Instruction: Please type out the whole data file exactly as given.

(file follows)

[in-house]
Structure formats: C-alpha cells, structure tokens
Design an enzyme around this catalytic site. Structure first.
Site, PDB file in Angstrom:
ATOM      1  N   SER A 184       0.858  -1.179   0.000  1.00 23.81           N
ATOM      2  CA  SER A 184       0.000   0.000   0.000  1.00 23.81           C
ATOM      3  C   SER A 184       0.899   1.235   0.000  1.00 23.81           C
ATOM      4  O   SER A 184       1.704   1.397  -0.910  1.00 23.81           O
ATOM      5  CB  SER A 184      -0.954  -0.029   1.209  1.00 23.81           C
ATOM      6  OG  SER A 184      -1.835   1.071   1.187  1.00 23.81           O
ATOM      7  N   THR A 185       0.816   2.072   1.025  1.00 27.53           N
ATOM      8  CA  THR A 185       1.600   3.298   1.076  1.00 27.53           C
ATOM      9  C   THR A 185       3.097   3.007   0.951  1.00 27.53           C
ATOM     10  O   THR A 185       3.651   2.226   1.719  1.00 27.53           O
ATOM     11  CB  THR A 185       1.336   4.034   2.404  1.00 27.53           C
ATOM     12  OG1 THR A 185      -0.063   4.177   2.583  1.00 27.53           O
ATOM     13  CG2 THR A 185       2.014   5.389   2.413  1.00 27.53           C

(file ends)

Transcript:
[in-house]
Structure formats: C-alpha cells, structure tokens
Design an enzyme around this catalytic site. Structure first.
Site, PDB file in Angstrom:
ATOM      1  N   SER A 184       0.858  -1.179   0.000  1.00 23.81           N
ATOM      2  CA  SER A 184       0.000   0.000   0.000  1.00 23.81           C
ATOM      3  C   SER A 184       0.899   1.235   0.000  1.00 23.81           C
ATOM      4  O   SER A 184       1.704   1.397  -0.910  1.00 23.81           O
ATOM      5  CB  SER A 184      -0.954  -0.029   1.209  1.00 23.81           C
ATOM      6  OG  SER A 184      -1.835   1.071   1.187  1.00 23.81           O
ATOM      7  N   THR A 185       0.816   2.072   1.025  1.00 27.53           N
ATOM      8  CA  THR A 185       1.600   3.298   1.076  1.00 27.53           C
ATOM      9  C   THR A 185       3.097   3.007   0.951  1.00 27.53           C
ATOM     10  O   THR A 185       3.651   2.226   1.719  1.00 27.53           O
ATOM     11  CB  THR A 185       1.336   4.034   2.404  1.00 27.53           C
ATOM     12  OG1 THR A 185      -0.063   4.177   2.583  1.00 27.53           O
ATOM     13  CG2 THR A 185       2.014   5.389   2.413  1.00 27.53           C